To mark Carers Week, 17-year-old Carina describes a typical day balancing college with her role as a carer for her mother
Where to begin? I guess let’s start with a little about me. My name is Carina and I am 17 years old. I attend college, where I’m doing a health and social care national diploma course.
My mum has depression, anxiety, a few medical conditions and she also self harms. I live with my mum, dad and my little sister who is 12 years old.
My dad leaves for work before we wake up, so my day begins with getting up nice and early with my little sister, making sure she is dressed, has all she needs, and is ready for school. I make sure she crosses the road safely.
After I’m sure my sister is off safely, I wake my mum up and help her get dressed. After that, I pop upstairs and get dressed myself. I always keep an eye on my mum’s mood, making sure she is happy before I leave for college. If my mum’s feeling low, I stay at home.
I love my college course, but it’s hard being out of the house because I worry the whole time I am there, thinking about my mum and whether she’s safe. If I don’t go to college because my mum’s feeling down, I take the chance to tidy up and do any jobs around the house that need to be done. These include washing the clothes, hoovering and walking the dog.
Once everything is done I sit down with my laptop and try to do some course work. If my mum is up in her room on her own I go upstairs and sit with her to make sure she does not feel alone and isn’t harming herself. Once it hits 3.15pm my sister is home from school, knocking on the door so I run downstairs to ask her how her day has been and make her change her clothes and get ready for dinner.
Then my favourite time of the day begins – dinner. I love to cook. At this time of day, I’ll be looking through the fridge and freezer to find a meal to put together, making sure everyone will enjoy it, which is difficult because my dad and little sister are really fussy. I remember when my sister was little we had to put her dinner on separate plates so her foods didn’t touch. Thankfully, she’s grown out of that now.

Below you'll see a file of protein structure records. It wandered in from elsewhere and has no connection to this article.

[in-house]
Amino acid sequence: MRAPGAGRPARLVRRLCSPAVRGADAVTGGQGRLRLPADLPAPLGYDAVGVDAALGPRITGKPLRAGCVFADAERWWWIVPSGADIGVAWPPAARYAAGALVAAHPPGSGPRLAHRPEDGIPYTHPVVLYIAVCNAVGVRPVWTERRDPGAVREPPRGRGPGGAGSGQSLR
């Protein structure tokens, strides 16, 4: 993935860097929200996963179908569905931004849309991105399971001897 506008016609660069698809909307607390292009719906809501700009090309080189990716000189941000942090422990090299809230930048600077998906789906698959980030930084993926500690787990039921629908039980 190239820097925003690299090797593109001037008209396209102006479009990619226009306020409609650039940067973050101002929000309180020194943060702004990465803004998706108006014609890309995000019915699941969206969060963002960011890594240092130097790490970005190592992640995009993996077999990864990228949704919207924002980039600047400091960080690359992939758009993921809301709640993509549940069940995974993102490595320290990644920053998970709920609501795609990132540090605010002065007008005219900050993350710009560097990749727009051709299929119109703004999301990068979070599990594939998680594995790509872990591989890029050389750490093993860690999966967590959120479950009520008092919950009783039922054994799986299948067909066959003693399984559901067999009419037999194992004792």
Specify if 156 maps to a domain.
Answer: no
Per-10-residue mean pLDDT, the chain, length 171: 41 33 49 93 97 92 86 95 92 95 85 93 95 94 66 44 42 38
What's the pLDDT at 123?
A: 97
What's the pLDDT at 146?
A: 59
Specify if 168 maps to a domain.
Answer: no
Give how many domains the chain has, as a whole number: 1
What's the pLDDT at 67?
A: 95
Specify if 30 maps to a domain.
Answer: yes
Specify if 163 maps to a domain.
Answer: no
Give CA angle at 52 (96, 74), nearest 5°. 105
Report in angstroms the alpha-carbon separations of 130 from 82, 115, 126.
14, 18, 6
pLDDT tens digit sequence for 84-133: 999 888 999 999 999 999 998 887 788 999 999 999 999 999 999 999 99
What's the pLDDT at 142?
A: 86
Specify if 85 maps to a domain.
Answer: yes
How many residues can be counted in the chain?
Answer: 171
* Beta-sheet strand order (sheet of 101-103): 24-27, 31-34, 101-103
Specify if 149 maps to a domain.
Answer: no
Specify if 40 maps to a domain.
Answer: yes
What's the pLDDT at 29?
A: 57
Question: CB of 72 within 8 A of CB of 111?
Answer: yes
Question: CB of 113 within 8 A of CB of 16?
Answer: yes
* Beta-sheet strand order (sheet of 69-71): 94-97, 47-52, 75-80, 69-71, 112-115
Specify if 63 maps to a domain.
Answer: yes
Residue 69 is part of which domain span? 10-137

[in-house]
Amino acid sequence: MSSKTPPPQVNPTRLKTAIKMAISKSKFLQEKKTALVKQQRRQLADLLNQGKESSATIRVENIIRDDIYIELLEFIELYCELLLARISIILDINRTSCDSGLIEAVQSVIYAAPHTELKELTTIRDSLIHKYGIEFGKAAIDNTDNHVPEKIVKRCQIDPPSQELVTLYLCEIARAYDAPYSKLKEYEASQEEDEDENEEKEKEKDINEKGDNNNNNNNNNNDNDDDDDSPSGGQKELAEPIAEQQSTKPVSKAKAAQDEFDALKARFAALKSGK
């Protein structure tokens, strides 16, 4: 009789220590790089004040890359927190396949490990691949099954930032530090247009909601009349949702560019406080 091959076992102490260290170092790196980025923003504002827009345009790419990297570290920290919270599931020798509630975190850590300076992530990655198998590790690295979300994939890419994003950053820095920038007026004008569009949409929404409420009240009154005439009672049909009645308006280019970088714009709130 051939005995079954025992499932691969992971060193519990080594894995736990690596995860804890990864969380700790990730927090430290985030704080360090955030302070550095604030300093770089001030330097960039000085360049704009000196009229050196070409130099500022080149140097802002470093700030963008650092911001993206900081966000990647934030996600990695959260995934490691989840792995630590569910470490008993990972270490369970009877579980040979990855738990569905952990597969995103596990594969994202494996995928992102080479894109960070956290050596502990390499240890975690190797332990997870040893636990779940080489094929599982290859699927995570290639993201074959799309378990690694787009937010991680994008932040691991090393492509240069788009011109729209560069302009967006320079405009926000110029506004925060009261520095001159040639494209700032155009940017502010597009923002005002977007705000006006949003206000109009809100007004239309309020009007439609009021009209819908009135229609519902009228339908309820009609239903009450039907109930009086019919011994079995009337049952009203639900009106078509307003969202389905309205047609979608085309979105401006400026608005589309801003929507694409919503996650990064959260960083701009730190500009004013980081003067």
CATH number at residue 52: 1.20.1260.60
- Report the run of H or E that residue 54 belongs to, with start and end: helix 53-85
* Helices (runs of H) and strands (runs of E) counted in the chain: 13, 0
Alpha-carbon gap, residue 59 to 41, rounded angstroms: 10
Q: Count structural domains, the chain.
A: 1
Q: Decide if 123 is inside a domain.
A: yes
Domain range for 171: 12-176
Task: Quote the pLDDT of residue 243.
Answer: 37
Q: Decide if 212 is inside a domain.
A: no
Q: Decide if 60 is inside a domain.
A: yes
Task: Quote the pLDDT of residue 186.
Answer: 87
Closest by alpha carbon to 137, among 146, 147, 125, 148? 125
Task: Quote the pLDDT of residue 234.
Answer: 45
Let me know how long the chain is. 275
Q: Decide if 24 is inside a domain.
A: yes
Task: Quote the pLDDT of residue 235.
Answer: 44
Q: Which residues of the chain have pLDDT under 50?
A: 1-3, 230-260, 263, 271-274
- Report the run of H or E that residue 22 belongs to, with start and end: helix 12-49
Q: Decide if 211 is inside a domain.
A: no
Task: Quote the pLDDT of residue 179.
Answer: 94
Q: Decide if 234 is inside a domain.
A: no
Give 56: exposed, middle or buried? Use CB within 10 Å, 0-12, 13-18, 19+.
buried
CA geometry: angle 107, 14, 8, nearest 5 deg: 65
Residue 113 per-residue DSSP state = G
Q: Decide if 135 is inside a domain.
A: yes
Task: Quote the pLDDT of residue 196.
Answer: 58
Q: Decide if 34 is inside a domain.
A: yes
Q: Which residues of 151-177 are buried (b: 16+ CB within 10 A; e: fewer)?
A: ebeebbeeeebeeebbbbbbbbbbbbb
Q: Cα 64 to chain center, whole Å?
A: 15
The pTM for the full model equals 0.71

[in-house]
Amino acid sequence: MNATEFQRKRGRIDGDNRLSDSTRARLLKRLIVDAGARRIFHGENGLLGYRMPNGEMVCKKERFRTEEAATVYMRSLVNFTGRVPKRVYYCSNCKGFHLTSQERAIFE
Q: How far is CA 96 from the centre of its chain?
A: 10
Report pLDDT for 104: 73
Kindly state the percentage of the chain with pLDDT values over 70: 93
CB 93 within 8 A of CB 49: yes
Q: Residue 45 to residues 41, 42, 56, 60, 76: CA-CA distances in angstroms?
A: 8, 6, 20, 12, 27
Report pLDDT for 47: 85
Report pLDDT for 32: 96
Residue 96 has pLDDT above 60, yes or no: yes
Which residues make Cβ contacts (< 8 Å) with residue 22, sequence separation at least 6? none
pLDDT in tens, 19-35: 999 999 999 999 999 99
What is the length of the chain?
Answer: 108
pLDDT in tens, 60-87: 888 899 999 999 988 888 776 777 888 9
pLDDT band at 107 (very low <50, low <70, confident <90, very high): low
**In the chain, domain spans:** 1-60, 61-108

Once I’ve cooked dinner I get my sister to lay the table. We all sit down as a family to eat. This is the best part of my day, talking about our days with each other and smiling. Once dinner is done we flip a coin to see whether I or my mum washes up.
My evening normally starts with the BBC news and then I go upstairs to entertain my sister or, if it’s a Friday, I volunteer at a youth centre as a youth worker. On Tuesday evenings I go to a young carer’s project with my sister, which I love to pieces. It’s really the one evening I have for myself when I can relax and have a laugh. I have also made some fantastic friends there.
I struggled through school, being bullied severely and cutting class. In years 7, 8 and 9 I really did not like school – my attendance was low and I got in a lot of trouble. Things got better in year 10 though, when my head of year helped me get in with a group of new friends. Long story short, they changed me, they made me feel one of them, and from then on my attendance grew and I left school with 11 GSCEs which I am very, very proud of.
I think the most difficult thing about being a young carer is the worry that you constantly walk around with and always feeling tired. I’ve been taking care of my mum and family since I was six, but I didn’t actually know I was a “young carer” until a few years ago, when I found out about the young carers project and started getting support there.
The Princess Royal Trust for Carers currently helps 25,000 young carers, aged five to 18, through its 85 specialised young carers’ services from Orkney to Devon.
(illustration: Maria Smedstadt/IEye Candy)
For more on Carers Week
What do you think? Join the debate on CareSpace
Keep up to date with the latest developments in social care Sign up to our daily and weekly emails